Why Job Titles Really Are Important
Job titles are the first thing a potential candidate sees when job searching, but it’s not just a title they see. It’s a headline and a vital marketing tool that goes a long way in attracting the right candidate. Job titles should directly align with the specific duties of the position and the ideal candidate’s experience, passions, and strengths.
Job titles can affect everything from employee’s mental exhaustion to their identity. Titles are important in describing roles and responsibilities and providing hierarchical structure. Below are ways that you can use job titles to your advantage in recruiting and employee engagement.
Job Titles As A Recruitment Tool
Titles reflect hierarchy, level of responsibility, and define roles, but are underutilized in attracting potential employees. Job titles are an important recruitment tool since they are the first thing a candidate sees. They can make or break some candidates’ decisions on moving forward. Strong and clear job titles will grab the candidate’s attention and prompt further action of reading the description and applying for the position.
It doesn’t stop there. If employees are looking to move up in the company, other job titles in your organization allow them to aspire to greater heights and towards being promoted to a new title and salary.
Set titles based on responsibilities. It might seem backward, but setting the responsibilities first can help you hone in on the specific title that most accurately describes the role. Keep the following in mind when setting responsibilities for a job:
- What is the importance of the job to the company’s operations?
- The size of your budget you can work with
- What outcomes are desired from the position
- Use action-oriented, clear, and concise sentences
From the responsibilities and desired outcomes, you can then give the position an accurate title. Keep the following in mind when creating job titles:
- Consider the level of the position
- Does the title fit the company culture and team?
- What department will the position will be joining?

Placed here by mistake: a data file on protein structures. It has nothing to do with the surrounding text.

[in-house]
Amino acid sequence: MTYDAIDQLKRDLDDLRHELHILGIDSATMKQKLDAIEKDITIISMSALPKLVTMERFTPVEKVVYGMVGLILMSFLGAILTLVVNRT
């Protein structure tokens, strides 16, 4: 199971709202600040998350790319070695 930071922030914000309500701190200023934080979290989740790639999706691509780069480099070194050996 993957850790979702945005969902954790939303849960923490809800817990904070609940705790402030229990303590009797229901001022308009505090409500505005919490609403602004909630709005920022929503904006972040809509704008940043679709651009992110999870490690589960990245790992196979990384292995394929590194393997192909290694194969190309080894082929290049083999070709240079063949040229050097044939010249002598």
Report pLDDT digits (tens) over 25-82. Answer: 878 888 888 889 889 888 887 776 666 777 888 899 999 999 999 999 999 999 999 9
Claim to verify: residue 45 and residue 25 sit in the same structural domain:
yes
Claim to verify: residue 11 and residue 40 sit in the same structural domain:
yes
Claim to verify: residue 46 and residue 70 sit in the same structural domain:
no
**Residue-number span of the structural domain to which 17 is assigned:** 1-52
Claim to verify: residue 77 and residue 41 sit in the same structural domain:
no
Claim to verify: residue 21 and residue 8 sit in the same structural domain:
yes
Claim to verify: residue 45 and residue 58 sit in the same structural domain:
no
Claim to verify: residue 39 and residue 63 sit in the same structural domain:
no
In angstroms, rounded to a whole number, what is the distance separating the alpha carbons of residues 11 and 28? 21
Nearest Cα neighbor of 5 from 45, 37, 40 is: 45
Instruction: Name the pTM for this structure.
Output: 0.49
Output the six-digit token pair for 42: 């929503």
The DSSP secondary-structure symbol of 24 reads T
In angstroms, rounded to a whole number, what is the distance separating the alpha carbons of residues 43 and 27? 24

Job Titles and Employee Engagement
There is a fine line between employees putting too much of their identity in their job versus feeling adequately qualified and seeing the job as self-reflective, which is an important key to job satisfaction and engagement. When people feel their title is self-reflective, employees can better express themselves and barriers can be broken down because of this.
The HR department is responsible for recruiting and hiring, but also for fostering the company culture and employee engagement. You might consider adding job titles that reflect these efforts by putting culture in the forefront or having more creative titles. By doing so, employees may be more engaged and encouraged to have open and transparent communication with upper-level management.
Take Make-A-Wish Foundation for example. They have taken creative job titles to heart. The Chief Operating Officer is called “the minister of dollars and sense”, PR specialists are called “magic messengers and heralders of good news,” and so on. There is some debate on the effectiveness of creative titles like these, but they are a fun way to reflect titles and the talent who fill them.
You can also allow your employees to participate in the creation of their job titles and duties. Some research indicates that employees are less stressed and have lower burnout rates when they help create and have an input in their job titles. Just be sure to implement strategies that align with your company culture.
A lot goes into creating job titles, responsibilities, and managing talent. APS can help you successfully manage your talent with our complete suite of Human Capital Management Services. From pre-hire to retire, our services can streamline compliance, onboarding, and more. For more engagement tips, download our latest E-book.